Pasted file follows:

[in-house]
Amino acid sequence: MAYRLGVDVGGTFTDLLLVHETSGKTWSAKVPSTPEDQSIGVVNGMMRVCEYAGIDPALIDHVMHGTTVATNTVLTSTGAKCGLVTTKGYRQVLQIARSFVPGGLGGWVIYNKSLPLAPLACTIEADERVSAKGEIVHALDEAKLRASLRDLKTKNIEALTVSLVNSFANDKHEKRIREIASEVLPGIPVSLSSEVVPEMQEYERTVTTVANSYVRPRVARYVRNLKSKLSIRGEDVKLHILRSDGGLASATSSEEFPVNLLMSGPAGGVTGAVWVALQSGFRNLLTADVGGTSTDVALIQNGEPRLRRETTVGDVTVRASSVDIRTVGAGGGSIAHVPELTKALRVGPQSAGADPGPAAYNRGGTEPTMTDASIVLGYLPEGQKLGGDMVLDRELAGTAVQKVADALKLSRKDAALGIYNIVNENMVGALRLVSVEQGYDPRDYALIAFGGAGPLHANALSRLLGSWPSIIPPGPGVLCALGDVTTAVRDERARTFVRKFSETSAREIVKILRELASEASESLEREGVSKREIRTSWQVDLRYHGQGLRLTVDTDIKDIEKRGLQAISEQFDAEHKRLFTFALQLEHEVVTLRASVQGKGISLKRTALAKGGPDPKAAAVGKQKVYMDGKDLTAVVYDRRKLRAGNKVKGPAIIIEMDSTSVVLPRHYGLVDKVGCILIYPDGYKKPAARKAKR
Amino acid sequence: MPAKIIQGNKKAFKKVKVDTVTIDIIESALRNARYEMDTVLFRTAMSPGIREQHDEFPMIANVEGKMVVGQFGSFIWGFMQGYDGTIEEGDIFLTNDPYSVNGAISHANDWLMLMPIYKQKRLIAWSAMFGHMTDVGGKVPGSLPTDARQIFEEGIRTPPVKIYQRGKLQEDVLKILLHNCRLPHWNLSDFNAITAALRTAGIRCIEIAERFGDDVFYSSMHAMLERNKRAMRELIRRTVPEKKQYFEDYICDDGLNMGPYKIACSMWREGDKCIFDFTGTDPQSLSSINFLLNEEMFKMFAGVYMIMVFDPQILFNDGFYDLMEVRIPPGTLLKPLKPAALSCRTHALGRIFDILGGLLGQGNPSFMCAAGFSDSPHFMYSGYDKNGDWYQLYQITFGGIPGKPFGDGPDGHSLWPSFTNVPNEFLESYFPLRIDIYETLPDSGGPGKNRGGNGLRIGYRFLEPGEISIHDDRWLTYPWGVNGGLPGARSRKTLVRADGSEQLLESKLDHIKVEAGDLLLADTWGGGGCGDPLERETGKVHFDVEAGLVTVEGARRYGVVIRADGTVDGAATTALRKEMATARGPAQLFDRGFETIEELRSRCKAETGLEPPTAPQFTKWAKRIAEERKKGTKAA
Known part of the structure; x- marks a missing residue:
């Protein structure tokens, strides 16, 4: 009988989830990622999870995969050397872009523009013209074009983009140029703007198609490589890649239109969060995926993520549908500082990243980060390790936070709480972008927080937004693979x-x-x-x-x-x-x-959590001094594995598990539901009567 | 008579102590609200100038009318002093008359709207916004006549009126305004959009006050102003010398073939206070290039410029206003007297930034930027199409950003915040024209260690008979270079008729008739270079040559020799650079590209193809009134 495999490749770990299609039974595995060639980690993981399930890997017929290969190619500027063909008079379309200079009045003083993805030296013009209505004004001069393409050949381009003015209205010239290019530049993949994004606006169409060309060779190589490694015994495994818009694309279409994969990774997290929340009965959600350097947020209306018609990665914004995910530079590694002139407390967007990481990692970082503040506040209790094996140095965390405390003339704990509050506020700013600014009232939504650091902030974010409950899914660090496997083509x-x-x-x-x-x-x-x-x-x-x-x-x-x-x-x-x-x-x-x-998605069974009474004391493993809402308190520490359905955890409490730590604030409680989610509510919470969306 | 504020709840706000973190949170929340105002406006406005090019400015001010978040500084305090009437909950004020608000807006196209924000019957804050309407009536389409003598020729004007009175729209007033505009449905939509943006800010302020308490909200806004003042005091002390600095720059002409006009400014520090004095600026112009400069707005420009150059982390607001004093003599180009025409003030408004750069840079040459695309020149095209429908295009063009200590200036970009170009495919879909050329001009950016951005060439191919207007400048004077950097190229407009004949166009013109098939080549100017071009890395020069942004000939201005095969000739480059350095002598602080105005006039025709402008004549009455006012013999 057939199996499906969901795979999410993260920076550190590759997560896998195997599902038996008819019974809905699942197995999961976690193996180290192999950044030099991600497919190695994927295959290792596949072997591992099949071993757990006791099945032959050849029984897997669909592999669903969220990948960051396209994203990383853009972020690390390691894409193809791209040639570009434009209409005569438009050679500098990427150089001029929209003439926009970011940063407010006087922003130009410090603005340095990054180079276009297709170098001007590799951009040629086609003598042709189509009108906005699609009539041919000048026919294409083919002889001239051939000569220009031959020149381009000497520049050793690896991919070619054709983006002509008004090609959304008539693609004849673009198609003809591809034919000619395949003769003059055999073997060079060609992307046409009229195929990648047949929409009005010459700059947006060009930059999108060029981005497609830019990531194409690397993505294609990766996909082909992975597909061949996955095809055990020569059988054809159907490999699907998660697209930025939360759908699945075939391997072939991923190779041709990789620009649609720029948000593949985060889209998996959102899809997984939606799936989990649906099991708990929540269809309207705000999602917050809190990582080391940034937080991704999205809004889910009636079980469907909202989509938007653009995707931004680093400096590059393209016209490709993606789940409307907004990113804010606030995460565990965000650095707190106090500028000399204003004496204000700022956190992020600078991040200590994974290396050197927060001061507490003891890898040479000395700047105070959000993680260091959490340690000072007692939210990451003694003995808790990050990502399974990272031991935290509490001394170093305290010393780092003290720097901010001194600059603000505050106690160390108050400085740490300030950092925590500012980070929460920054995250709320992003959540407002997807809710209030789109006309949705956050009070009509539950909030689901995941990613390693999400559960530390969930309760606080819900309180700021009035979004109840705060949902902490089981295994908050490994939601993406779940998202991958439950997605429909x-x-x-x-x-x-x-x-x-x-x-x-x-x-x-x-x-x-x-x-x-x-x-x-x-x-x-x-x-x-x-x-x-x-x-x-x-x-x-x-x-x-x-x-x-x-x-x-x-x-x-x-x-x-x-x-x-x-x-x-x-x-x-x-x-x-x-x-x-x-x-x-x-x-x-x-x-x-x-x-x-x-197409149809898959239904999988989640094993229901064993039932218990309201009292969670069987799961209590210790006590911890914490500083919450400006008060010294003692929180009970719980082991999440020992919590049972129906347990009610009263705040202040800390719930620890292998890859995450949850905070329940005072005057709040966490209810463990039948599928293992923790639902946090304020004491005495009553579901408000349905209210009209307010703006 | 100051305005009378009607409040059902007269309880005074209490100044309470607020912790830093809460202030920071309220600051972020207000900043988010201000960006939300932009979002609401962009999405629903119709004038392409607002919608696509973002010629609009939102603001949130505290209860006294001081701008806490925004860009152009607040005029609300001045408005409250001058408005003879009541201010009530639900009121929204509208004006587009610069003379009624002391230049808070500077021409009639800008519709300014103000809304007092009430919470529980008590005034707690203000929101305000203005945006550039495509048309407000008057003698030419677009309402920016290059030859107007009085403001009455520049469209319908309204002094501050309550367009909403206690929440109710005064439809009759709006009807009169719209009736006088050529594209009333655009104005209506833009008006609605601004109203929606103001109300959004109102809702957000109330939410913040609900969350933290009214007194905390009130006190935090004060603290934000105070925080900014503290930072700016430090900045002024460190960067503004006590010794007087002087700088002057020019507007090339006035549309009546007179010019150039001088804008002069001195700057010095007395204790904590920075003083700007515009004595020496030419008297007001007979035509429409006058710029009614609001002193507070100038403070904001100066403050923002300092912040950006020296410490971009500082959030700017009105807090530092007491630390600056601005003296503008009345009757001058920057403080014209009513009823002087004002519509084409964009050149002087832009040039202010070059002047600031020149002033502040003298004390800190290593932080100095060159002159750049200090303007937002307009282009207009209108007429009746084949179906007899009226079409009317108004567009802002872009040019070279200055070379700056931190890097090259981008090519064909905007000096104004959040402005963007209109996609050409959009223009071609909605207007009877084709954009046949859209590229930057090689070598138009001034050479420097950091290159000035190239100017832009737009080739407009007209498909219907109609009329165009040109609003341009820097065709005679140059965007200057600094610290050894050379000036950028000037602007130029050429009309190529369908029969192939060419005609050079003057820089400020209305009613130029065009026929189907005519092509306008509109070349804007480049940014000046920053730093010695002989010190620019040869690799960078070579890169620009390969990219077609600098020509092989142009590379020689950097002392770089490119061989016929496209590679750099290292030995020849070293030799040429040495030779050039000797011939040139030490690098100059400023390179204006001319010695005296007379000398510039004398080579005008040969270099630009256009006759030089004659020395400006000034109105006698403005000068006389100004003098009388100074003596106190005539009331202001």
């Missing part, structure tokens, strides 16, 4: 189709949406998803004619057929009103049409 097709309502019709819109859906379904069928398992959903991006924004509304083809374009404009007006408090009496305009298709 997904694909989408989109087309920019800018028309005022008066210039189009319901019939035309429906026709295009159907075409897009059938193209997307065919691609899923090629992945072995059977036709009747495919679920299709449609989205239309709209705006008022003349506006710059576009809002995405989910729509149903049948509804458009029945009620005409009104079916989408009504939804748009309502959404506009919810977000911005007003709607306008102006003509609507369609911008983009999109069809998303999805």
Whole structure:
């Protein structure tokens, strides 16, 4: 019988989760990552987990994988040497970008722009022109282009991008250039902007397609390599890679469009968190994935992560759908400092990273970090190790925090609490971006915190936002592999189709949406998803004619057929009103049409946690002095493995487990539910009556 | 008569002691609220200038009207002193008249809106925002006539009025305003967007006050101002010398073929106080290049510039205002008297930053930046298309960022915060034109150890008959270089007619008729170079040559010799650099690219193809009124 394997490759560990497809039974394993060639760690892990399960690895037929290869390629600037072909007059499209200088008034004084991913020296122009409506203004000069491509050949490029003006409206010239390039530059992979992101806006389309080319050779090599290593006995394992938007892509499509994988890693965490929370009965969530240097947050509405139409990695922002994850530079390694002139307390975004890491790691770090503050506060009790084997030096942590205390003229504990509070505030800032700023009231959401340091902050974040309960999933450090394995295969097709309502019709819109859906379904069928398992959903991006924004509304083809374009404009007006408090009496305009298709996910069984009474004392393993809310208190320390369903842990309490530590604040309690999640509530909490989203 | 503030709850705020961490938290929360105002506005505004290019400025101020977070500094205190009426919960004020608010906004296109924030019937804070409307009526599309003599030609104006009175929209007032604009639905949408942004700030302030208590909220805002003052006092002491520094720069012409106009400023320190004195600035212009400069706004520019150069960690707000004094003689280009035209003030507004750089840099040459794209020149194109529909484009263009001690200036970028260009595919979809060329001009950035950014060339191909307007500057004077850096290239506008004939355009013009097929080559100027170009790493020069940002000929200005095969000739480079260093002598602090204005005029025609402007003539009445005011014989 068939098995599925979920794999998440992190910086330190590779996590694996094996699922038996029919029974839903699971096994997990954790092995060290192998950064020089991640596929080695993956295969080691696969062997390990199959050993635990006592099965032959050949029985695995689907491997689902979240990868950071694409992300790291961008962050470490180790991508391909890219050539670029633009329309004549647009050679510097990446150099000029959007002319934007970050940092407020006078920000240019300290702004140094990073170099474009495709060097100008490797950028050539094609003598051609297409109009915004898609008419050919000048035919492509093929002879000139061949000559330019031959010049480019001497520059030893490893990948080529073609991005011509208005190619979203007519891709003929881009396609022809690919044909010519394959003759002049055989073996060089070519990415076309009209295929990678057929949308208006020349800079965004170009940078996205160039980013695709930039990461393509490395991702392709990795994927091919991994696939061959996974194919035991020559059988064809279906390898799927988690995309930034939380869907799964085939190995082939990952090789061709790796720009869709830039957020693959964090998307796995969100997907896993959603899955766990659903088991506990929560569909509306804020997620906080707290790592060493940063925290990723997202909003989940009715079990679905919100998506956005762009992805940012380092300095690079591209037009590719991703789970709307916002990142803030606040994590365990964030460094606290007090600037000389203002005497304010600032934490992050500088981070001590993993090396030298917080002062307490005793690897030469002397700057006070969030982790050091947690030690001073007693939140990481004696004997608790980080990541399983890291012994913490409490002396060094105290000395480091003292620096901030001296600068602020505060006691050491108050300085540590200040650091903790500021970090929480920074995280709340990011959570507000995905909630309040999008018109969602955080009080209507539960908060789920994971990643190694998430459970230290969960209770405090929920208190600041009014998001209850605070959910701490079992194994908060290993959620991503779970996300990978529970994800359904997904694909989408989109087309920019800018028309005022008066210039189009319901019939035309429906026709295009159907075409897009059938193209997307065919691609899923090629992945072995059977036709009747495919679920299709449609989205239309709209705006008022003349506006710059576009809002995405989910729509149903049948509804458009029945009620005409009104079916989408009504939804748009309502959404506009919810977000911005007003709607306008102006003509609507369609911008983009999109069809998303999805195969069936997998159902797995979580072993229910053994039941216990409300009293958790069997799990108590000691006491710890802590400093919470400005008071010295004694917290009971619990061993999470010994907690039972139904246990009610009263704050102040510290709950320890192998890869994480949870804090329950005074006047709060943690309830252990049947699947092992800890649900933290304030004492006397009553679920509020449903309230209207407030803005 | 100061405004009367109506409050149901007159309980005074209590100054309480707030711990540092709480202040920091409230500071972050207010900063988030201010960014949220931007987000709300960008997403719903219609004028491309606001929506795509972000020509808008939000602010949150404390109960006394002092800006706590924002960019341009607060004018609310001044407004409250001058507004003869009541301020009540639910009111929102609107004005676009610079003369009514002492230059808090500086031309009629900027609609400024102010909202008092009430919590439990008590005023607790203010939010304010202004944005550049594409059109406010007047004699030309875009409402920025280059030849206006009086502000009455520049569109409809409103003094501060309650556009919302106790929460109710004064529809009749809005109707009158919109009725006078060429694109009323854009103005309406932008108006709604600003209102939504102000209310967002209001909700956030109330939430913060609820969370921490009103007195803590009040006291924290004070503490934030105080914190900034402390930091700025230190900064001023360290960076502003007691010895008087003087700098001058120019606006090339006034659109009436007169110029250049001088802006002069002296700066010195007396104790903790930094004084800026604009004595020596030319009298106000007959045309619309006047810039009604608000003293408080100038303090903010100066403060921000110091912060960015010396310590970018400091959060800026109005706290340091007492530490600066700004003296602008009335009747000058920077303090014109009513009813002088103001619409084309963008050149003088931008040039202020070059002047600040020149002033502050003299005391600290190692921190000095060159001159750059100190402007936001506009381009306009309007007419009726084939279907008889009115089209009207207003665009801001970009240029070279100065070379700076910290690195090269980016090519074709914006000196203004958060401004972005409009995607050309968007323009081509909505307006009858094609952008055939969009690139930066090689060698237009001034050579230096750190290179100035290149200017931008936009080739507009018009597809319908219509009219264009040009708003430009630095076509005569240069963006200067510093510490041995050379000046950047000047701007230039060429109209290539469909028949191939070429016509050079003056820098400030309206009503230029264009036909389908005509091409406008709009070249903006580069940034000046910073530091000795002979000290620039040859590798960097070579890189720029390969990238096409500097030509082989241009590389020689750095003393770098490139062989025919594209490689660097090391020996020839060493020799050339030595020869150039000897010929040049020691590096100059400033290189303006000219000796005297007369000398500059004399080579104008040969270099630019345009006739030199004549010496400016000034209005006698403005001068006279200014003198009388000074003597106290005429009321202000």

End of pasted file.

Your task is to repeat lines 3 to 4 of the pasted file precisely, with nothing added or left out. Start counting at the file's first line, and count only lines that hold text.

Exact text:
Amino acid sequence: MPAKIIQGNKKAFKKVKVDTVTIDIIESALRNARYEMDTVLFRTAMSPGIREQHDEFPMIANVEGKMVVGQFGSFIWGFMQGYDGTIEEGDIFLTNDPYSVNGAISHANDWLMLMPIYKQKRLIAWSAMFGHMTDVGGKVPGSLPTDARQIFEEGIRTPPVKIYQRGKLQEDVLKILLHNCRLPHWNLSDFNAITAALRTAGIRCIEIAERFGDDVFYSSMHAMLERNKRAMRELIRRTVPEKKQYFEDYICDDGLNMGPYKIACSMWREGDKCIFDFTGTDPQSLSSINFLLNEEMFKMFAGVYMIMVFDPQILFNDGFYDLMEVRIPPGTLLKPLKPAALSCRTHALGRIFDILGGLLGQGNPSFMCAAGFSDSPHFMYSGYDKNGDWYQLYQITFGGIPGKPFGDGPDGHSLWPSFTNVPNEFLESYFPLRIDIYETLPDSGGPGKNRGGNGLRIGYRFLEPGEISIHDDRWLTYPWGVNGGLPGARSRKTLVRADGSEQLLESKLDHIKVEAGDLLLADTWGGGGCGDPLERETGKVHFDVEAGLVTVEGARRYGVVIRADGTVDGAATTALRKEMATARGPAQLFDRGFETIEELRSRCKAETGLEPPTAPQFTKWAKRIAEERKKGTKAA
Known part of the structure; x- marks a missing residue: